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the Degree Confluence Project
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Canada : British Columbia

27.1 km (16.8 miles) NE of Brisco, BC, Canada
Approx. altitude: 2212 m (7257 ft)
([?] maps: Google MapQuest Multimap topo topo250 world confnav)
Antipode: 51°S 64°E

Click on any of the images for the full-sized picture.

#2: south/southwest part of ridge #3: north/northeast #4: south #5: east

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  51°N 116°W (secondary) 

#1: peaks to the west

(visited by the mapsurfer)

03-Jul-2000 -- This extraordinarily beautiful confluence is located in Kootenay Nat'l Park, right in the heart of the Canadian Rocky Mountains, in BC, just west of the Alberta/BC border.

Despite being less than 2k from rt 93, it took me about 5 hours to get it. I had no maps and no preparation, just regular hiking gear and water. I showed up and the first thing I saw was a ridge, running north/south, going straight up, pine at the lower elevations giving way to bare rock and snow above the timber line. The GPS indicated the confluence to the west, up the ridge. I had no idea which side, or how far up, or what was on the other side.

No trail, so I scrambled up heading west, thru deadfall, rockslides, cliffs, and rivers of snow. Due to the angle and the thick trees, it was difficult to find an optimal route, and animal trails were scarce. It took about 3 1/2 hours from base to summit as I anxiously watched each 100th on distance to waypoint on the 12XL to tick down and carefully watched the clouds and listened for thunder; a T-storm up here could be disastrous.

Eventually I reached the ridge, and the view was one of the most spectacular I have ever experienced. I just sat here for a while, snow-capped peaks to the east, snow-capped peaks to the west. The Garmin showed the confluence on the other side of the ridge, still to the west, but not too far, which was a snow-filled bowl with varying scatterings of pine trees, sloping down to the north/northwest (which may have made a easier, but much longer, approach, from the backside of the mountain). The pics are from this bowl, about 20m from the confluence, as the point itself turned out to be in a thick section of trees).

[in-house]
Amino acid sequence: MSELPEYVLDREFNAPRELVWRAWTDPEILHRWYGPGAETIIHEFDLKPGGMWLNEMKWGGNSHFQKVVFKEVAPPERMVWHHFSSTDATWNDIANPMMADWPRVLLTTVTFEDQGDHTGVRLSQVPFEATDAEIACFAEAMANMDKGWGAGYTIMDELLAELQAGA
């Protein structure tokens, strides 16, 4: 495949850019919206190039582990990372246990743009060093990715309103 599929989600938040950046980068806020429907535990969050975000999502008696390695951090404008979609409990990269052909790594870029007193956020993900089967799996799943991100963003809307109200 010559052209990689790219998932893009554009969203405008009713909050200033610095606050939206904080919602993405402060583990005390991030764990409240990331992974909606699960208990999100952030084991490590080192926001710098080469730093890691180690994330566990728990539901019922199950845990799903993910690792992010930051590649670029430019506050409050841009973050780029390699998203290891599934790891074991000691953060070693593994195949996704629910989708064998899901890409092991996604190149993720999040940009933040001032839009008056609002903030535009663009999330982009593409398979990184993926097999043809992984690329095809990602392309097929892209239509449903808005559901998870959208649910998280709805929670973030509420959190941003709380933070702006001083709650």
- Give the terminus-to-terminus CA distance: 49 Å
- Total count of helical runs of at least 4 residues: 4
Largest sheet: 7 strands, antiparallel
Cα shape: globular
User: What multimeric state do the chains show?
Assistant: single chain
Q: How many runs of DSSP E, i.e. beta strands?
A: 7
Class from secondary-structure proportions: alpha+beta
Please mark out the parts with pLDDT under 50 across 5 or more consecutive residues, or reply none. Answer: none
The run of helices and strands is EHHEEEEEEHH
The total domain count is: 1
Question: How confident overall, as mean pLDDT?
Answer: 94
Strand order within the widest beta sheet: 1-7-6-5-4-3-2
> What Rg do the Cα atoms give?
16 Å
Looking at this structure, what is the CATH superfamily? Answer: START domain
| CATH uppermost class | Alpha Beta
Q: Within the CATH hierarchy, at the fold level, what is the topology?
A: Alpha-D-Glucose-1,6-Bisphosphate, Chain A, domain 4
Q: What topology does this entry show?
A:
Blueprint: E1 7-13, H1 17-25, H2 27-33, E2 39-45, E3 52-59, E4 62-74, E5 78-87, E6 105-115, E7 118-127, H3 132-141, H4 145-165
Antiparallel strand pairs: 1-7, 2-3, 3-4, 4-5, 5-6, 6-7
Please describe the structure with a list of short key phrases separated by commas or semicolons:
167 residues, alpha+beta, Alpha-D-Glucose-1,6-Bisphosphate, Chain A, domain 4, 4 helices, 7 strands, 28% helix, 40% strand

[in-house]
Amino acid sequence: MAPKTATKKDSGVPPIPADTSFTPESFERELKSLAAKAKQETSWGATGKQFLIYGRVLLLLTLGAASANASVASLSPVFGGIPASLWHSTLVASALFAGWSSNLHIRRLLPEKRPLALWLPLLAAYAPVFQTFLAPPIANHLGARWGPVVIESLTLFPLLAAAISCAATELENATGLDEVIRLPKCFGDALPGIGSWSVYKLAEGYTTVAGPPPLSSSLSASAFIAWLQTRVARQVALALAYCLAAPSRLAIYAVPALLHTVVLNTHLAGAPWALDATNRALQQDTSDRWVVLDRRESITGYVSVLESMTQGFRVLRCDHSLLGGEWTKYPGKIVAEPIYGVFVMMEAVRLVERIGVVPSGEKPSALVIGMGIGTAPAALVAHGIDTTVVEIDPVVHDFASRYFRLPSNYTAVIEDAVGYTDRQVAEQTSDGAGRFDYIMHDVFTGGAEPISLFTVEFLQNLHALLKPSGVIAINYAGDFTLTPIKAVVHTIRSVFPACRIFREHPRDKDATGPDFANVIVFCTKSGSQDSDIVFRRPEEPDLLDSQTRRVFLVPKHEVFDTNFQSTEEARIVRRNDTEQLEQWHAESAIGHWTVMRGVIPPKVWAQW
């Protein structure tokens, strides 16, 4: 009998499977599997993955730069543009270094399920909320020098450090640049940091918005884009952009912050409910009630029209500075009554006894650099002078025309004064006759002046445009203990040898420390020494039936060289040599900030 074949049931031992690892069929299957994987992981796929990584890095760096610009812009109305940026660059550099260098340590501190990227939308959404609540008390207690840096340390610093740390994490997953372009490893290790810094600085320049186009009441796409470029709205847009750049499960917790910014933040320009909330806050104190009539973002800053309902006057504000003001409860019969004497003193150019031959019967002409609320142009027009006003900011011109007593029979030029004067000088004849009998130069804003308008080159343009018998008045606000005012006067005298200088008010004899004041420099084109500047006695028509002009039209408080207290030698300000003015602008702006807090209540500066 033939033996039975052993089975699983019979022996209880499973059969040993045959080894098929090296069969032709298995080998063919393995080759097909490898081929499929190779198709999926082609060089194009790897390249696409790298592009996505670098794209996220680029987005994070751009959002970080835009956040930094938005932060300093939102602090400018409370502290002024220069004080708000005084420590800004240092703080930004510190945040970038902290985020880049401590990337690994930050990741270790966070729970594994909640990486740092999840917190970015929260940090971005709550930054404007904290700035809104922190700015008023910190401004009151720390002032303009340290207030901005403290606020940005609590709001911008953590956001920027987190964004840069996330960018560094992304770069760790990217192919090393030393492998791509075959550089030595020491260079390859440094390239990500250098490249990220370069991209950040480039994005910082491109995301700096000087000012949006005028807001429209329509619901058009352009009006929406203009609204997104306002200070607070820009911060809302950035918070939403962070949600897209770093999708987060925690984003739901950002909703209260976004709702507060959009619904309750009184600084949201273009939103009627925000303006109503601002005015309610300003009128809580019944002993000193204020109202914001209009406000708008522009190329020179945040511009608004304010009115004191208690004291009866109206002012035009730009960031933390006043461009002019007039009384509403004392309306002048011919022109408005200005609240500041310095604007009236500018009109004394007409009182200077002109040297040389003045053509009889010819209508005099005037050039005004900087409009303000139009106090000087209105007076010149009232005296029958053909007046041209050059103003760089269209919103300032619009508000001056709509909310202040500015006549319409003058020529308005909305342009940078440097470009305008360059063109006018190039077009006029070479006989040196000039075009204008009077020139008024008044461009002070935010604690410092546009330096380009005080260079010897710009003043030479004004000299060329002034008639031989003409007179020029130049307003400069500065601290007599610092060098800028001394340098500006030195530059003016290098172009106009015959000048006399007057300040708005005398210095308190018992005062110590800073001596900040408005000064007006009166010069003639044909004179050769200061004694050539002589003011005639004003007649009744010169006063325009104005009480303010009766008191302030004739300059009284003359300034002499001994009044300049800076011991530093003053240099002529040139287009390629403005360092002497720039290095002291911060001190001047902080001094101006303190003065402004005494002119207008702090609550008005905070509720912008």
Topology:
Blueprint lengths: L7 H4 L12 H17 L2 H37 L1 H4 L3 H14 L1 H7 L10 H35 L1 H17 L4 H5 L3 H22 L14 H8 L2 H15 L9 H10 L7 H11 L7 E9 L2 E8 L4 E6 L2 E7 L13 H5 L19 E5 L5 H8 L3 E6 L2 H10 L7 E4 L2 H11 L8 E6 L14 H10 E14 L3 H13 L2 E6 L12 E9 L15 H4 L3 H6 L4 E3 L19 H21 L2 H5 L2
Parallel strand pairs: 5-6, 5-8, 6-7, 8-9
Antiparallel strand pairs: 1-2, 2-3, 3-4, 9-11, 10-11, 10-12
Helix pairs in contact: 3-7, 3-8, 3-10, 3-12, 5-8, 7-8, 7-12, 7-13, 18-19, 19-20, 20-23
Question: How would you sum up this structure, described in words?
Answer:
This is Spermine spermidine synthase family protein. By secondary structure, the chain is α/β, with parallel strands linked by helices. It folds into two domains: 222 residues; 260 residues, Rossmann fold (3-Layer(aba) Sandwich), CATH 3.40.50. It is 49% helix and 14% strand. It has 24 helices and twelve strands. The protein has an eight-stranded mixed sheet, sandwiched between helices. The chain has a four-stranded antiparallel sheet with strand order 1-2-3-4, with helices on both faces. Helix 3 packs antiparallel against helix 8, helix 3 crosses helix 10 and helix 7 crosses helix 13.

I very carefully made my way down the snow-covered bowl, across the treeless area to where I took the pics, and then to the actual point, cautiously digging my boots into the snow to make sure I didn't slide down the mountain. I was within 100m at this point and had the pics, but I went and got triple zeros anyway.

Getting back down the mountain was more fun, I was able to slide down patches of snow and the like, and found these cool erosion tunnels that allowed one to tunnel under the otherwise virtually impassable vegetation lower down. Altogether a rich and rewarding experience, although a bit scary at times, and probably downright stupid by myself.

I still don't have a decent map, so I don't know what the climb of the ridge was, and cannot identify the peaks in the photos, but I do know the GPS showed the confluence at an elevation of 7347ft (2260m).

Shot #1 is looking to the west, #2 to the south/southwest showing part of the ridge, #3 to the north/northeast where the bowl descends, #4 to the south, showing the ridge, #5 to the east showing the where I actually descended from the ridge thru the snow to the point, and #6 is the triple zeros. This, of course, was in the middle of summer.

Would that I were the caliber of photographer that could convey the magic of this place.


 All pictures
#1: peaks to the west
#2: south/southwest part of ridge
#3: north/northeast
#4: south
#5: east
#6: triple zeroes
ALL: All pictures on one page (broadband access recommended)
  Notes
In the Kootenay National Park.